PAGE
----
American Elephants


A $3.2 Million Advertising Campaign to Sell a Pig. by The Elephant's Child

The Department of Health and Human Services, the designated agency for rolling out and making sense of ObamaCare, under the direction of Secretary Kathleen Sebelius has just doled out a $3.1 million Public Relations contract to improve the image of ObamaCare. Advertising Age reports that Weber Shandwick will help “roll out a campaign to convince skeptical — or simply confused — Americans that the “Patient Protection and Affordable Care Act” ( I can’t write that name without snorting)” is good for them and convince them that they should enroll in a health plan.”

Administration officials insist the ads won’t be political, but just before the 2010 midterm election, HHS spent $3.2 million on an ad campaign featuring the late actor Andy Griffith, who told his fellow old folks that “more good things are coming from Medicare,” but neglected to mention the dramatic cuts to 10 million Medicare Advantage members, who may have already seen their plans ended or can expect to see them end soon. FactCheck said: “The words in this ad ring hollow, and the promise that benefits will remain the same” is as fictional as the town of Mayberry, when Griffith played the local sheriff.

In fact ObamaCare is becoming more unpopular as people begin to “find out what’s in it,” to quote Nancy Pelosi, and are faced with the astonishing rise in their health care premiums or with losing them entirely. Of course, the Democrats sneaky attempt to excuse themselves and their staffs and employees from having to participate, was exposed by the national media, and should sour anyone who is still wavering on the supposed wonderfulness of ObamaCare.

The thing is, nobody did know what was in it, nor understood what the consequences  of what was in it were. There are always consequences. People respond to incentives and disincentives. Those who were responsible for drafting this bill were vaguely aware that they needed to figure out how to pay for it, so they decided to add a tax on medical devices. No big deal if granny had to pay a little extra for her walker.

The consequences were more complicated.  Many of the manufacturers of medical devices are small businesses operating on tight budgets, as startups usually do. It’s a rapidly changing field with lots of expensive research and development. They are laying off workers — in an economy already suffering from high unemployment. And in a specific industry with many layoffs, those workers will have a hard time finding a new job.  You can’t just put a new kind of stent, or a new kind of knee-joint out — they have to be tested on real people, and if they don’t work there’s a huge cost for insurance. Then you suddenly have a terrorist bombing in Boston and all sorts of people needing prosthesis. They didn’t plan on that kind of thing. Congress seems to agree that it was a bad idea and wants to repeal that part, but that’s complicated too.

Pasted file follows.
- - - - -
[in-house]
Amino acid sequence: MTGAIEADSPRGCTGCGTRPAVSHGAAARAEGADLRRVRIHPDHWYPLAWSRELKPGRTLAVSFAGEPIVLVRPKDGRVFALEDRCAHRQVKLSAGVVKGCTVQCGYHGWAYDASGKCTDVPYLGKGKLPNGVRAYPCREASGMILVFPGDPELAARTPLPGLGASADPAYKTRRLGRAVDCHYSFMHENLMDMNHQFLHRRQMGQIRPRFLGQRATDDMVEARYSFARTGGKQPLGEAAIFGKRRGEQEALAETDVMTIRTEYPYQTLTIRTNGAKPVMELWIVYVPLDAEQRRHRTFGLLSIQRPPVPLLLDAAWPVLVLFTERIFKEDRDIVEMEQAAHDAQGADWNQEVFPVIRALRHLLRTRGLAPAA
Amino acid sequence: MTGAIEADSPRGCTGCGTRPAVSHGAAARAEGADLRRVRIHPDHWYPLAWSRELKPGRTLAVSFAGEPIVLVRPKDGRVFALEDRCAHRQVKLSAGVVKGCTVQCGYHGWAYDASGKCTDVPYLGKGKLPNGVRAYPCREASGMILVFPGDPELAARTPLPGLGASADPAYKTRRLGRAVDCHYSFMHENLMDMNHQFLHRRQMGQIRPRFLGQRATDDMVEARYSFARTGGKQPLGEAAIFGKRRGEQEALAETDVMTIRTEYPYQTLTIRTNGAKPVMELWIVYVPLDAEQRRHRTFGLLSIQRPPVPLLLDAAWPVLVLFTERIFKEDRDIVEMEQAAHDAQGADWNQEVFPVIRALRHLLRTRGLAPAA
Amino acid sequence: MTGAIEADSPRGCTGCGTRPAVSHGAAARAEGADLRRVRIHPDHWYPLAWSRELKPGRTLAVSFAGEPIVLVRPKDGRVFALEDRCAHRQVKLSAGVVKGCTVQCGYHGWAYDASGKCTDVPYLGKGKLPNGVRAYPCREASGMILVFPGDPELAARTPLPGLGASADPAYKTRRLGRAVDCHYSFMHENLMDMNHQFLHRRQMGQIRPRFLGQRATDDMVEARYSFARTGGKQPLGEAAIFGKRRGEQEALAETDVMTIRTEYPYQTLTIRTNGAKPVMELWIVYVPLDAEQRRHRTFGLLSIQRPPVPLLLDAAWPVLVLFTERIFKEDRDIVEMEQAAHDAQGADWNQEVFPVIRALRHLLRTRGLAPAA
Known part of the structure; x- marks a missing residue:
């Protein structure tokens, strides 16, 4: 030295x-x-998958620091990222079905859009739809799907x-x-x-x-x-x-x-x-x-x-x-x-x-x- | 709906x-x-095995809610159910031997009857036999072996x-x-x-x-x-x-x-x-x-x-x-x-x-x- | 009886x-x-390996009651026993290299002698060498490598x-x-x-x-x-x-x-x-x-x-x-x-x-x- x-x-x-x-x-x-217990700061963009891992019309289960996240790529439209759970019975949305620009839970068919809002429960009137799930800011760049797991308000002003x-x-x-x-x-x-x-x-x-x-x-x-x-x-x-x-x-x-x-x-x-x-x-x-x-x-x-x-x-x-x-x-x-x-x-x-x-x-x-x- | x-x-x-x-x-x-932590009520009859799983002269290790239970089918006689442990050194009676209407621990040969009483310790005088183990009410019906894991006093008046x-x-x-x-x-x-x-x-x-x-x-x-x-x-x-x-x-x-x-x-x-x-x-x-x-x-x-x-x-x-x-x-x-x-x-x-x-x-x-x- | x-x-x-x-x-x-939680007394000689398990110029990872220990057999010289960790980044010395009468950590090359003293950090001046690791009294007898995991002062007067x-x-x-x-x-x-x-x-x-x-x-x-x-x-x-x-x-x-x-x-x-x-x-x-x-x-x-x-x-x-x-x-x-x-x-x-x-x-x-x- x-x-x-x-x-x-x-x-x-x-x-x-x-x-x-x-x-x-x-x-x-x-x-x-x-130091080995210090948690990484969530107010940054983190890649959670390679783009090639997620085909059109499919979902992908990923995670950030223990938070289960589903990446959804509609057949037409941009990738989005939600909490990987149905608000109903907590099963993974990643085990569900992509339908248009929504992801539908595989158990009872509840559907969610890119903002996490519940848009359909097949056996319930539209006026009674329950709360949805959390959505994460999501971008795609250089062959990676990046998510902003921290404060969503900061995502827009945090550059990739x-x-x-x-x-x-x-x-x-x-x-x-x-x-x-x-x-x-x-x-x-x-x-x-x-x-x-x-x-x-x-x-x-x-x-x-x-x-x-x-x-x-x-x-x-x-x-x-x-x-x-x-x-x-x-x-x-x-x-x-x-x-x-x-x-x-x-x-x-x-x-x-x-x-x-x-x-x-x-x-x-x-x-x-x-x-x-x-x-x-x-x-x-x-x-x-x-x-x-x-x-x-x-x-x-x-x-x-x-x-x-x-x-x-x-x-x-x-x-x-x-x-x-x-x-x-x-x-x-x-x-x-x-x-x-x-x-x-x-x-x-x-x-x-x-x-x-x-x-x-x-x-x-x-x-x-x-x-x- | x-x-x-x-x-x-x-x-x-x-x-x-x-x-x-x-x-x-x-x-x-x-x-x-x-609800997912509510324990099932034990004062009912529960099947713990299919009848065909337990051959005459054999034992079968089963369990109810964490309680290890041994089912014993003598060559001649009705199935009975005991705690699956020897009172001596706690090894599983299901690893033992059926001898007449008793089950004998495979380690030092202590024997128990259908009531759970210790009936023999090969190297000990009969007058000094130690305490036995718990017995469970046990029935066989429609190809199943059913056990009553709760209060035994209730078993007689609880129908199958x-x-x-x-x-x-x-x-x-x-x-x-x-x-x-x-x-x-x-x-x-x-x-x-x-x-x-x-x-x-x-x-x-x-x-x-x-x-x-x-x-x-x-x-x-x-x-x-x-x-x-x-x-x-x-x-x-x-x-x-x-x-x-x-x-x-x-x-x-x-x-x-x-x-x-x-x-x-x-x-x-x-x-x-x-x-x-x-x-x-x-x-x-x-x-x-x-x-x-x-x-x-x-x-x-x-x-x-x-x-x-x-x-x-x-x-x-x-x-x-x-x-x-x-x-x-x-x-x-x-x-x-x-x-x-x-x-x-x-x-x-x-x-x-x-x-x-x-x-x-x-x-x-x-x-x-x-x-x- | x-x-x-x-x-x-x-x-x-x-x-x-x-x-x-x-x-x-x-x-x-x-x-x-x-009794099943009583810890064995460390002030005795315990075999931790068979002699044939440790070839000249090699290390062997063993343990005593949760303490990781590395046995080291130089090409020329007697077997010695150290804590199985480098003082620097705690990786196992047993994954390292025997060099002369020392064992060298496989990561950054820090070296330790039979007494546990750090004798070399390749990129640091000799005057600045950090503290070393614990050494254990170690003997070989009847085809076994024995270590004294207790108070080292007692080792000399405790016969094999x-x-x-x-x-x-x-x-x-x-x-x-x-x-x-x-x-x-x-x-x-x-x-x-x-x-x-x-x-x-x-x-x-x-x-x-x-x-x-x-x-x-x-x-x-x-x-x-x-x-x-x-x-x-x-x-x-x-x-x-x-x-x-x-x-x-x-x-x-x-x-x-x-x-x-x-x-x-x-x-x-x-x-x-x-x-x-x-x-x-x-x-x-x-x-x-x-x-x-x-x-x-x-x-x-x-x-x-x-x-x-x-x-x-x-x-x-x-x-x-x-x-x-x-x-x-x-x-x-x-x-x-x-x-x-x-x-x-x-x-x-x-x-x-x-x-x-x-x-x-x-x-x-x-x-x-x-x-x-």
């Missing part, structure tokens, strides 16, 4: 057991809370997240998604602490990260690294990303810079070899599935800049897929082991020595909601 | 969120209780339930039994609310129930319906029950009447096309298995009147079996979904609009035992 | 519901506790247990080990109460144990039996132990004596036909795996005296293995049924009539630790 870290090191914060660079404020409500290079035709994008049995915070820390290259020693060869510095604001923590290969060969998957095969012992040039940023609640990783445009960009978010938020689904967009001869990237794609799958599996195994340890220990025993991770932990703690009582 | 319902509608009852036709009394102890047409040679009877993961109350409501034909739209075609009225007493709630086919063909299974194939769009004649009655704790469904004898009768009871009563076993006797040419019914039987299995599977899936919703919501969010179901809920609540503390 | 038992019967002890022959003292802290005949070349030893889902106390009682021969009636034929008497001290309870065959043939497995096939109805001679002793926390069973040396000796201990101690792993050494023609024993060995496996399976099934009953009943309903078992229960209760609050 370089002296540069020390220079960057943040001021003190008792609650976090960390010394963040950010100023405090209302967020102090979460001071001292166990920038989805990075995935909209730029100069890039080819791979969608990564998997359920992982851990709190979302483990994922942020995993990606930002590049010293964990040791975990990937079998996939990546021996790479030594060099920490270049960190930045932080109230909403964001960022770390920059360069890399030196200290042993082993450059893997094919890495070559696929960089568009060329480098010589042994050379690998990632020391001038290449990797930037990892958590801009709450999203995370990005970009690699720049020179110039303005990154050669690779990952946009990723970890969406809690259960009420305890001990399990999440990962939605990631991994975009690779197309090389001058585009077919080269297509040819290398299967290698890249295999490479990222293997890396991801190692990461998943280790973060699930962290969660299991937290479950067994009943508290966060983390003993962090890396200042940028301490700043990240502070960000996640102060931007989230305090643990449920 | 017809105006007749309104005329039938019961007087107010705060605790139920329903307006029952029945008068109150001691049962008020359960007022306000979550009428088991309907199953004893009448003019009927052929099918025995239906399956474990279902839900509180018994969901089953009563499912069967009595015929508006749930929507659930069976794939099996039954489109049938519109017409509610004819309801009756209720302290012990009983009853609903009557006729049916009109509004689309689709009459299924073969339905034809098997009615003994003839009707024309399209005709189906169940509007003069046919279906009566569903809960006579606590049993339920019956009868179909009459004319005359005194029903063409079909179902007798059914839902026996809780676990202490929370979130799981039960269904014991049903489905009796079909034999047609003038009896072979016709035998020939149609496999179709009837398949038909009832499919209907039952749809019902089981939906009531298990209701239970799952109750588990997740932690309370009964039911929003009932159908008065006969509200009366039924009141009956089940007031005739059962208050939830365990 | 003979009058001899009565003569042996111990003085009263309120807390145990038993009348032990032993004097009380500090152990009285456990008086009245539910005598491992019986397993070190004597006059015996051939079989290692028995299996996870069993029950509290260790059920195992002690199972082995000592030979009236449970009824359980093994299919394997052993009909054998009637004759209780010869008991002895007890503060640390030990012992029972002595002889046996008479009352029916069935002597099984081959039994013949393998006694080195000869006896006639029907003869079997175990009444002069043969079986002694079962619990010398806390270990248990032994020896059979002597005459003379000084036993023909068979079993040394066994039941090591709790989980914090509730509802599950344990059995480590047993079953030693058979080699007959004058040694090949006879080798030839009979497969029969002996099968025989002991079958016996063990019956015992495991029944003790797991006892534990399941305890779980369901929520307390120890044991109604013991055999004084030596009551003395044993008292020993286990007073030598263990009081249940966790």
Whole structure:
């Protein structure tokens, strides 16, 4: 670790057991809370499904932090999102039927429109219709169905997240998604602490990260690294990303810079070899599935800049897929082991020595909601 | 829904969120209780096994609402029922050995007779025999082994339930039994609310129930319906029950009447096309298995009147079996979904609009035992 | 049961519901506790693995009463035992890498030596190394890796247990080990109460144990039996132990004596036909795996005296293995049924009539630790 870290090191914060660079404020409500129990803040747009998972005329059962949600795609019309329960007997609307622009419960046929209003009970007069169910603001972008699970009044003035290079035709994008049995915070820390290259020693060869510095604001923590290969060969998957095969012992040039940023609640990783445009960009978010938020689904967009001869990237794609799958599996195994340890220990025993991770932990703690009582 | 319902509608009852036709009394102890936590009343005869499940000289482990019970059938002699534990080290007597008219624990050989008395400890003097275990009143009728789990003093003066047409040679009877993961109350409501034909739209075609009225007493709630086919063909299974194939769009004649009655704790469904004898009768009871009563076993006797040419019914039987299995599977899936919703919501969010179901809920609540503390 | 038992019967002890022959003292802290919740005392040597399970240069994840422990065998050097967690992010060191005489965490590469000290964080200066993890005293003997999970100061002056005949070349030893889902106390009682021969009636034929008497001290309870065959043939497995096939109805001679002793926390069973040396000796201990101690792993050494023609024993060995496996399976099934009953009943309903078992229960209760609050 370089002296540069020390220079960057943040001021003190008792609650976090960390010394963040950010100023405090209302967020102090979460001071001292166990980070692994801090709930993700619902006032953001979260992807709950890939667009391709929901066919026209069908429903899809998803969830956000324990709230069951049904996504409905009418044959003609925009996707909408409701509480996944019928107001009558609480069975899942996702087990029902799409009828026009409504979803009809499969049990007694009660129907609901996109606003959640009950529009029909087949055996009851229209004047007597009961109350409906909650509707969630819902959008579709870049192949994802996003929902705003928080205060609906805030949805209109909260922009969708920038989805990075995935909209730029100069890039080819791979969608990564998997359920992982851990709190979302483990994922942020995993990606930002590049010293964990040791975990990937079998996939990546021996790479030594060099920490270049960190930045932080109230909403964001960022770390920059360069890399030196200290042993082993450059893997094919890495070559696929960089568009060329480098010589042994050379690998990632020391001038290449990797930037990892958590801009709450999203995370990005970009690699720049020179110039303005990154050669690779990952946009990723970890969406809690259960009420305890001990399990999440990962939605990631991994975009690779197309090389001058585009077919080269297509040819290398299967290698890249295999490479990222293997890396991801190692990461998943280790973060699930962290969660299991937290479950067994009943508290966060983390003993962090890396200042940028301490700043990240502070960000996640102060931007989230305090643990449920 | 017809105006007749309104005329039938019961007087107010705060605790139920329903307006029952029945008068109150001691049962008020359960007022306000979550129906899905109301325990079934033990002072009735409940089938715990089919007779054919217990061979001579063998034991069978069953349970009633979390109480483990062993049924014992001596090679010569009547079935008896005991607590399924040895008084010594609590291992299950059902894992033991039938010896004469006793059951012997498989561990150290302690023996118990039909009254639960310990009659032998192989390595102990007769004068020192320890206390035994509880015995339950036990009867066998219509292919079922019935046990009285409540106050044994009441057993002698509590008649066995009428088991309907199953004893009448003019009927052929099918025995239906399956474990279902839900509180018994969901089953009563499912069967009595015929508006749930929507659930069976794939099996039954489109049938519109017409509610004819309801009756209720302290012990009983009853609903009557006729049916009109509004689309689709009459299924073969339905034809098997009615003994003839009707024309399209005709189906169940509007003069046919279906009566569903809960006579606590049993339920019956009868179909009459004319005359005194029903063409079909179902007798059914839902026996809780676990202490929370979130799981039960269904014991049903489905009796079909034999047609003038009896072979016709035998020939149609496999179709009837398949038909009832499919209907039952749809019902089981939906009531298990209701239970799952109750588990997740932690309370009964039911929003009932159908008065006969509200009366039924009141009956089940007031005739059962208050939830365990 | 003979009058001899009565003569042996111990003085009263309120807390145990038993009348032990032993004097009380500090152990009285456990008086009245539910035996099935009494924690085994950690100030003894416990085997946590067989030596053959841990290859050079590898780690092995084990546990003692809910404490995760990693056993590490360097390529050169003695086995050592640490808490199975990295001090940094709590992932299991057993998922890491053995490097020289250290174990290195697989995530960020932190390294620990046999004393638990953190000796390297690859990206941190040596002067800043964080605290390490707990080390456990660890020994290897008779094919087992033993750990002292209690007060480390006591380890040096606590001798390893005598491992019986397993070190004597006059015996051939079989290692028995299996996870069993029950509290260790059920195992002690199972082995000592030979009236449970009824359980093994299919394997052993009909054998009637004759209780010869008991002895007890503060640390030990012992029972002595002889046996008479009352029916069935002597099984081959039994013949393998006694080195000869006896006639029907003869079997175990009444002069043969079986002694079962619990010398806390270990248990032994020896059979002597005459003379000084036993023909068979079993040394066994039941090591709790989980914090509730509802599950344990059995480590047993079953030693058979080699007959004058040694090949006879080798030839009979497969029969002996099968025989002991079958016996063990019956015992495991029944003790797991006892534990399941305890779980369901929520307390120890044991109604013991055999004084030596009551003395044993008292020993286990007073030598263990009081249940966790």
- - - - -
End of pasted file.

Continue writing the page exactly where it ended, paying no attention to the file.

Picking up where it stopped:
The 22,000-member United Union of Roofers has issued a public statement calling for “repeal or complete reform” of ObamaCare. A Union. At no point since it passed has ObamaCare been regarded favorably by more than 45 percent, and the latest Kaiser Family Health Foundation pegs its nationwide support at only 37 percent.

Insurance premiums are expected to skyrocket next year, and it looks as if key parts of ObamaCare will miss their start date. Secretary Sebelius complained that “no one fully anticipated” the difficulties involved in setting up ObamaCare. (Republicans did) But of course she blamed “obstructionist Republicans” for engaging in “state-by-state political battles” to slow down the creation of the exchanges. Perhaps it would be less complicated if she hadn’t granted  waivers to cronies and Democrats.

Jay Rockefeller (D-WV), one of the main architects calls the bill “probably the most complex piece of legislation” ever passed by the U.S. Congress. Max Baucus (D-MO) says “I just see a huge train wreck coming.”  Coincidentally both Senators are retiring next year. A study by the Society of Actuaries has predicted that medical claims per policyholder will rise by 32 percent in the individual plans in the health care exchanges. In some states the increase could rise to 80 percent.

The Obama administration is preparing for the worst. Michael Cannon of Cato says they are getting ready to spend $600 billion that Congress never authorized on federally run state exchanges in order to ease the possibility of sticker shock. The old hide the increase game.

Advertising firm Weber Shandwick has their work cut out for them.  This is a real case of putting lipstick on a pig, and no matter how you pretty-up the pig, it remains a pig. An emotional appeal  with sob stories? A beloved character to be the public face? A tear-jerker with victims of Sandy, Newtown, or the Boston Marathon? The one thing they cannot do is tell the truth.
It is a pig of a law.




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